Do you have multiple cats? Is your cat is overweight? Or, maybe your cat is on a special diet. How do you monitor your cat’s food intake? It can be difficult to stick to a cat feeding schedule and monitor what cats eat because — unlike most dogs who gobble down food in seconds flat — cats tend to graze. They nibble and wander and return to nibble again and again throughout the day. Enter meal feeding, a scheduled way to feed your cats twice a day, taking the food away if your cat does not eat it at mealtime. Here’s how to do it and why it’s beneficial.
Typically, you’ll serve your cats twice a day — morning and evening — at times that best fit your schedule. With meal feeding, wait about 30 minutes — then remove their bowls. You’ll be surprised how quickly your cats adapt. Dr. Nicole Uranko, Chief of Staff at Pleasant Valley Animal Hospital, says, “They’ll protest at first, but they’ll adjust. It’s much healthier to meal feed them.”
The benefits of meal feeding for cats far outweigh the slight inconvenience or extra time it takes to divvy out separate meals twice a day.
Portion control is a biggie! Cats get overweight easily. I use a simple plastic measuring cup to dole out each cat’s portion based on his age and weight.
If you have multiple cats, feed them in separate areas or rooms to ensure that no one is mooching off another cat’s portion.
If your cat is used to having food available all day long, he may whine and cry for more in the beginning. Keep in mind that you are working toward a healthy feeding schedule. Check with your vet to see if you can offer your cat healthy treats in between meals.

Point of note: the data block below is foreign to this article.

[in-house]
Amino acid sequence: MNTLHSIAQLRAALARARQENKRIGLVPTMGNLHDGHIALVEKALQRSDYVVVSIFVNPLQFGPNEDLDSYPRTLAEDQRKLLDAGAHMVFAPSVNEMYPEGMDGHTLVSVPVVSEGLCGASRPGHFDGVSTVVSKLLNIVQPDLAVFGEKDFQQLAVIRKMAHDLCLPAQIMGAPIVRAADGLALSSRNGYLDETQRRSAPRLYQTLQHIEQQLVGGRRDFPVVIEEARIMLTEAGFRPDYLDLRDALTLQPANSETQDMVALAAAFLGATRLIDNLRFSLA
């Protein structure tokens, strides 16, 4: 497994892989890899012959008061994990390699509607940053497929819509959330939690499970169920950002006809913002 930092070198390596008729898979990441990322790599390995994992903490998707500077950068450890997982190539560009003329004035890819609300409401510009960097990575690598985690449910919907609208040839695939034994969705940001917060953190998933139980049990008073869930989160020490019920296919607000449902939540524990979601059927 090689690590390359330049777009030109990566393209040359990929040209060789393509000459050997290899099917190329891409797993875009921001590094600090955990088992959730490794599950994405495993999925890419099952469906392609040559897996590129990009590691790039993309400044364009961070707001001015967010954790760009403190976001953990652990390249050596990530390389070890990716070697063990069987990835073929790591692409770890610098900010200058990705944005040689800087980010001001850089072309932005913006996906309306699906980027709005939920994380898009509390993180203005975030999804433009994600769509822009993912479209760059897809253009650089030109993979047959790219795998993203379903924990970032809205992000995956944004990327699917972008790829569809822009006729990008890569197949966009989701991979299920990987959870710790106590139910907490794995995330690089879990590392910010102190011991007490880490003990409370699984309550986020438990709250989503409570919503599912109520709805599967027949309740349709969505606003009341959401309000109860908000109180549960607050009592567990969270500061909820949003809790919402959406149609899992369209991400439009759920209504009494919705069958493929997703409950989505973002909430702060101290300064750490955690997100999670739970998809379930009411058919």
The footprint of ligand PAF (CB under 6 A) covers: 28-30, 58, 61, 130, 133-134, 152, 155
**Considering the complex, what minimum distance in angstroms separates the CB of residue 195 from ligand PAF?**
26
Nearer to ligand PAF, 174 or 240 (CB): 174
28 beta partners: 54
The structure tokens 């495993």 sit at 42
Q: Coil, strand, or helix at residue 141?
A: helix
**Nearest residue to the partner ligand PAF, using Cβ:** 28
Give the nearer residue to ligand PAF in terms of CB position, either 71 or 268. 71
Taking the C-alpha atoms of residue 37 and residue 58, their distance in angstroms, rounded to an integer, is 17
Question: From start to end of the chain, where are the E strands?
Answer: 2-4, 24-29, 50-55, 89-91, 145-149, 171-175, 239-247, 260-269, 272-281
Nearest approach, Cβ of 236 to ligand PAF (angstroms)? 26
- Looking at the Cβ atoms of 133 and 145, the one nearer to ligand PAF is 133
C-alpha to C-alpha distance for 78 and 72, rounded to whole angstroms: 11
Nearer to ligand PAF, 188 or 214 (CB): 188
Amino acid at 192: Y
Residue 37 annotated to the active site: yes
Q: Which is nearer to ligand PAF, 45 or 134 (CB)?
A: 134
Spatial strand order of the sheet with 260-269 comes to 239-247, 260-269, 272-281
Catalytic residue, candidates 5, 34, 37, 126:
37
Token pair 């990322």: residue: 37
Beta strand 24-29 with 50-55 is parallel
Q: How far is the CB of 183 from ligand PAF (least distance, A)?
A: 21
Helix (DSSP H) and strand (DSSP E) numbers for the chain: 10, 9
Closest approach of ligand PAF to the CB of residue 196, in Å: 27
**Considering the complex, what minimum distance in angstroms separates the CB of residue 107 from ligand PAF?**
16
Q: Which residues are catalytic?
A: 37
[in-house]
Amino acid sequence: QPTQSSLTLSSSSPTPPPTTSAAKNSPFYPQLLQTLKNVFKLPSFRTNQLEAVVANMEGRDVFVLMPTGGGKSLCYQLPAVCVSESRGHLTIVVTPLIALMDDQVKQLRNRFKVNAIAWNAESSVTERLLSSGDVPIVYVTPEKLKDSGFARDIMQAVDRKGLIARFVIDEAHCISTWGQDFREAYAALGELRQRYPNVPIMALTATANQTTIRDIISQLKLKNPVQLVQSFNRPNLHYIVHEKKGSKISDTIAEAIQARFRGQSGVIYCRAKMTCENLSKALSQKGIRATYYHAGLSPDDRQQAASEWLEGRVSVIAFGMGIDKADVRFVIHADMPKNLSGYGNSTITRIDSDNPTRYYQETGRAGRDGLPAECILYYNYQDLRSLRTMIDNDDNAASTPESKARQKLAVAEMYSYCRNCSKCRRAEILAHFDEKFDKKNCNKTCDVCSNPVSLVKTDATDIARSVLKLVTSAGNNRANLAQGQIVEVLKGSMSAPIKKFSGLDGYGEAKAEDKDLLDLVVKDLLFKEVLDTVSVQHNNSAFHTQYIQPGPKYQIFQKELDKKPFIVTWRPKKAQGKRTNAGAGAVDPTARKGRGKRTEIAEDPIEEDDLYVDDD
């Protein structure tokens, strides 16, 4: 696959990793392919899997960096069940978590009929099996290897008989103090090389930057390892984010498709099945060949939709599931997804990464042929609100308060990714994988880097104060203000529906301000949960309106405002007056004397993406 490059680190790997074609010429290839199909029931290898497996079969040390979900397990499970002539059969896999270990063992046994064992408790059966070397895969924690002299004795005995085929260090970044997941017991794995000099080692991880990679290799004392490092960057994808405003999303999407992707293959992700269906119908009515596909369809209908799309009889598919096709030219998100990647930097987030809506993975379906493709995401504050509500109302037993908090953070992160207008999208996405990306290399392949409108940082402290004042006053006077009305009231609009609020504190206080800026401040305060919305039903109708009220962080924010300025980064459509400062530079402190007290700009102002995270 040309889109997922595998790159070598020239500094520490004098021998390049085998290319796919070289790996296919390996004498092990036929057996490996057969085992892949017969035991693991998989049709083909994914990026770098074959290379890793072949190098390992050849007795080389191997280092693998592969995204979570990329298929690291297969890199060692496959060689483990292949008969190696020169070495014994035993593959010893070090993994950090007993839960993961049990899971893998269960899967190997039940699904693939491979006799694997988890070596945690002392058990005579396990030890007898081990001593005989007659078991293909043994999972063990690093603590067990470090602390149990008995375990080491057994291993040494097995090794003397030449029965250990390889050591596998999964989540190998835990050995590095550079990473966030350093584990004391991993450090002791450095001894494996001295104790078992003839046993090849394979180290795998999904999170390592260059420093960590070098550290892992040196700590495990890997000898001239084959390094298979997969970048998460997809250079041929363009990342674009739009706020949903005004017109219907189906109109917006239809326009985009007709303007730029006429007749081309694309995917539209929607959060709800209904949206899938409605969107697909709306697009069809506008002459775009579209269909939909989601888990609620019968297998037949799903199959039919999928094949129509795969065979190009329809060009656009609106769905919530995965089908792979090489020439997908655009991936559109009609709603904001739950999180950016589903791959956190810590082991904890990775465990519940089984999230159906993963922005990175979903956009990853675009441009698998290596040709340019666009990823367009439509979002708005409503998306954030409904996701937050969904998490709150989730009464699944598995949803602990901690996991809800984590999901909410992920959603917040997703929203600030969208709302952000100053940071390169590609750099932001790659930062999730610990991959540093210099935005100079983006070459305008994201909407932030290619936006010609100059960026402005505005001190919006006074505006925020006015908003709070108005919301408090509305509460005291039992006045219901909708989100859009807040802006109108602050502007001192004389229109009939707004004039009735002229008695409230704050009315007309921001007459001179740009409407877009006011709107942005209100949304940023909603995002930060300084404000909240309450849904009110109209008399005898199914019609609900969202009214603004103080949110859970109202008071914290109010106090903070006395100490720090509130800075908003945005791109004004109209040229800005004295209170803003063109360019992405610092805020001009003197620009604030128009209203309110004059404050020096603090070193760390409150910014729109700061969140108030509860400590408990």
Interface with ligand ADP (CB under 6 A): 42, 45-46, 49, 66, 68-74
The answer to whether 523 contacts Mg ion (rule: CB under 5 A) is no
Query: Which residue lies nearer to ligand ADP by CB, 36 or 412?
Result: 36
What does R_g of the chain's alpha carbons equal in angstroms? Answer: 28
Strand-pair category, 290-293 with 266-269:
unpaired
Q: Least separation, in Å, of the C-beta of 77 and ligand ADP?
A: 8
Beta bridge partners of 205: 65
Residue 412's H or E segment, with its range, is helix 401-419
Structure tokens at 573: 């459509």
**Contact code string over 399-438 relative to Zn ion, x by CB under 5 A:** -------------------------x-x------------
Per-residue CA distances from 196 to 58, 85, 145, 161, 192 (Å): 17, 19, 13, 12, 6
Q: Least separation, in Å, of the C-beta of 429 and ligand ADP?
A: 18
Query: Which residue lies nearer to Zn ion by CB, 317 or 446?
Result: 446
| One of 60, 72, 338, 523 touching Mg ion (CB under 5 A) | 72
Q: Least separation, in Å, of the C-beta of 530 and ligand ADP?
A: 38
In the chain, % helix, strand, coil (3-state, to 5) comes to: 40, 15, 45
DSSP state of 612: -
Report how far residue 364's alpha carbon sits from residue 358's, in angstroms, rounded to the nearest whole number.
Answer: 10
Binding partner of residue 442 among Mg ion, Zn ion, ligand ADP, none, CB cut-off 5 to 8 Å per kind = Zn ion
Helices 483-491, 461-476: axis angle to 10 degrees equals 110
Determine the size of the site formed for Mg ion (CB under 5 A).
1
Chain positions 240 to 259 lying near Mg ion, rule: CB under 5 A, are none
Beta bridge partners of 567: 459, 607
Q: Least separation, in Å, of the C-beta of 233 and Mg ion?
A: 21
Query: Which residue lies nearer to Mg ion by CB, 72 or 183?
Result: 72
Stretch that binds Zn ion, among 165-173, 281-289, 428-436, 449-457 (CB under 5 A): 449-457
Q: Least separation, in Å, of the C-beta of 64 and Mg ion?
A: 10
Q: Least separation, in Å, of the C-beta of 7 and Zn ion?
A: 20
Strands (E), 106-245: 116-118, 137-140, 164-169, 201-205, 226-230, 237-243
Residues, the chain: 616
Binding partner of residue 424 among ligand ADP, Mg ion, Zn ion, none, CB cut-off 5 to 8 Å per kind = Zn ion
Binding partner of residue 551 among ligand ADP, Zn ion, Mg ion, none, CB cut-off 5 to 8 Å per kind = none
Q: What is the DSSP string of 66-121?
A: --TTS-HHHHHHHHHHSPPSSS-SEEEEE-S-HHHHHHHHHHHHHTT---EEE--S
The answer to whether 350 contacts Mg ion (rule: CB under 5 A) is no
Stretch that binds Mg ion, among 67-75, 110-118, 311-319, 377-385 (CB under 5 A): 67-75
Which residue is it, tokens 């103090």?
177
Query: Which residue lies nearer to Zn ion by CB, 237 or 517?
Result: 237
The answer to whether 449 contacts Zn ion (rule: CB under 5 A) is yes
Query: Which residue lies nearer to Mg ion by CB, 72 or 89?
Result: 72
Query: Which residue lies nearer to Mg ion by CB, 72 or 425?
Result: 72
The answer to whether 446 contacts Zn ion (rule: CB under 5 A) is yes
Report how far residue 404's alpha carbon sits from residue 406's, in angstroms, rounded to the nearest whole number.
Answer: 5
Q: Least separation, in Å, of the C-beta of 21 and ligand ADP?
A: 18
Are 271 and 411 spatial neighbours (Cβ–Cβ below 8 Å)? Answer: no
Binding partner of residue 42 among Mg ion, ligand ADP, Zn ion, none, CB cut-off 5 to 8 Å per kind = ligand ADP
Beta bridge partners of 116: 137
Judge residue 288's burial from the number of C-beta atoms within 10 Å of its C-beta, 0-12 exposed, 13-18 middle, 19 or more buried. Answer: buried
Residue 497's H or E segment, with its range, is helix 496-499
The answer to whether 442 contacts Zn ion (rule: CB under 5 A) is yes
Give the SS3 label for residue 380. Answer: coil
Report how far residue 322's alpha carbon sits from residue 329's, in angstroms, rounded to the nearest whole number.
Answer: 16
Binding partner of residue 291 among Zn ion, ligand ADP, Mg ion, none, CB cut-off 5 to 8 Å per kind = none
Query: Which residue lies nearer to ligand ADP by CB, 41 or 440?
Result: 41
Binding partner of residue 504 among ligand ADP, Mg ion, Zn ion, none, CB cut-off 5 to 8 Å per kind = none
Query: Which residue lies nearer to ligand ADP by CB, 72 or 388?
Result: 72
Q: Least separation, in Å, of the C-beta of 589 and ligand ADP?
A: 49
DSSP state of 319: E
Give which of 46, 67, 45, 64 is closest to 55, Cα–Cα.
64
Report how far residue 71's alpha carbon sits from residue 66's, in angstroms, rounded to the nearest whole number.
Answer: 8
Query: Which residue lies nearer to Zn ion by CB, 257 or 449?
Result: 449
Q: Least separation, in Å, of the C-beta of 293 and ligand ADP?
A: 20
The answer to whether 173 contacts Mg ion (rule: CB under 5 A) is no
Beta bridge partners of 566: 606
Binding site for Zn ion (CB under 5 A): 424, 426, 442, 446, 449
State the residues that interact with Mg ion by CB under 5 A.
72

Remember, it’s OK if your cat doesn’t eat every last morsel in the allotted time. (With the exception of cats who take their medication mixed into their food. See below for tips on doling out medications). They’ll be back for dinner and for breakfast tomorrow and so on.
It’s important to regularly observe your cat’s eating habits. This is especially true if your cat is on a special diet or takes medicine in his food. You’ll be able to see if your kitty is getting the proper nutrition and medicine dosage he needs to be healthy.
Observing the eating habits of multiple cats is much easier with meal feeding. With each cat being fed in a separate area or room, you will notice subtle changes in eating habits much more quickly.
Regular observation also keeps you in the know and alerts you to any changes:
If your cat takes medication on a daily basis, mealtimes are the perfect way to mix in a little medicine on the sly. However, some pills and medications can be quite smelly, and most scent-savvy felines will turn up their noses at the faintest whiff. You might need to get more creative. Your veterinarian may be able to offer you the same medication in a different form, such as a flavored liquid. Your vet might also recommend an alternative medium to mix medication into such as tuna fish, baby food or a soft, malleable feline-specific treat.
Sharing mealtimes with your cats is a great way to strengthen bonds.
Make mealtime special by sitting nearby. As your cat adapts to meal feeding, he will no doubt nibble and wander slightly. Use this time to pet him and catch up on the latest gossip while gently redirecting him toward the food. Sharing mealtimes is easy if you only have two cats — you can “eat with” one during breakfast and the other at dinner. For multiple cats, divide up your mealtime visits throughout the week.
Why not go all out? Add a little festivity to your feline’s meal time with colorful, seasonal or cat-themed placemats. They also help make clean-up a little easier.
My cats are mischievous. They like water. They play in their water bowls. So, our meal feedings are a timely reminder for me to freshen up their water supply because, as far as I know, spring water should not contain actual tiny, colorful springs. Nor should it contain litter residue from busy feline feet.
According to Dr. Debora Lichtenberg, VMD, “Healthy cats don’t tend to drink a lot of water. They sometimes drink what they need, but often they drink less than what they need.” So, refreshing water twice daily will help you to better keep track of your cat’s water intake.
Thumbnail: Photography by Remains/Thinkstock.
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